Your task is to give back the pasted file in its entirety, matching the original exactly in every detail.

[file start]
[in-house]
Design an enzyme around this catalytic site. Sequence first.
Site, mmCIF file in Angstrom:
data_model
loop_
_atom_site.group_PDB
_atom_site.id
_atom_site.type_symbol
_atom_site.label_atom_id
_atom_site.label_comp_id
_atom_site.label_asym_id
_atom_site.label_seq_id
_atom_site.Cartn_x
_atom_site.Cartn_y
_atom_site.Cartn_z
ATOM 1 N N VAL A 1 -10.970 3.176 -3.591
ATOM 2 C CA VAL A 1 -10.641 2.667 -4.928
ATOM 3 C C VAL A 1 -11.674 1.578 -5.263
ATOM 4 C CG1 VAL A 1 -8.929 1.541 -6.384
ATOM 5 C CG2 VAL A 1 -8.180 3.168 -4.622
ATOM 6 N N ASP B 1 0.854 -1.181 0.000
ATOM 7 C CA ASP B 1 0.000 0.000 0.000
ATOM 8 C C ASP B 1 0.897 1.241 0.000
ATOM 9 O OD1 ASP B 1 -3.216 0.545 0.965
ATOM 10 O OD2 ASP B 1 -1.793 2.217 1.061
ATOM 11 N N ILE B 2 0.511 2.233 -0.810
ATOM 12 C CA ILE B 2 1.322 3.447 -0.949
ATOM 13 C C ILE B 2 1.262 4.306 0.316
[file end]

[in-house]
Design an enzyme around this catalytic site. Sequence first.
Site, mmCIF file in Angstrom:
data_model
loop_
_atom_site.group_PDB
_atom_site.id
_atom_site.type_symbol
_atom_site.label_atom_id
_atom_site.label_comp_id
_atom_site.label_asym_id
_atom_site.label_seq_id
_atom_site.Cartn_x
_atom_site.Cartn_y
_atom_site.Cartn_z
ATOM 1 N N VAL A 1 -10.970 3.176 -3.591
ATOM 2 C CA VAL A 1 -10.641 2.667 -4.928
ATOM 3 C C VAL A 1 -11.674 1.578 -5.263
ATOM 4 C CG1 VAL A 1 -8.929 1.541 -6.384
ATOM 5 C CG2 VAL A 1 -8.180 3.168 -4.622
ATOM 6 N N ASP B 1 0.854 -1.181 0.000
ATOM 7 C CA ASP B 1 0.000 0.000 0.000
ATOM 8 C C ASP B 1 0.897 1.241 0.000
ATOM 9 O OD1 ASP B 1 -3.216 0.545 0.965
ATOM 10 O OD2 ASP B 1 -1.793 2.217 1.061
ATOM 11 N N ILE B 2 0.511 2.233 -0.810
ATOM 12 C CA ILE B 2 1.322 3.447 -0.949
ATOM 13 C C ILE B 2 1.262 4.306 0.316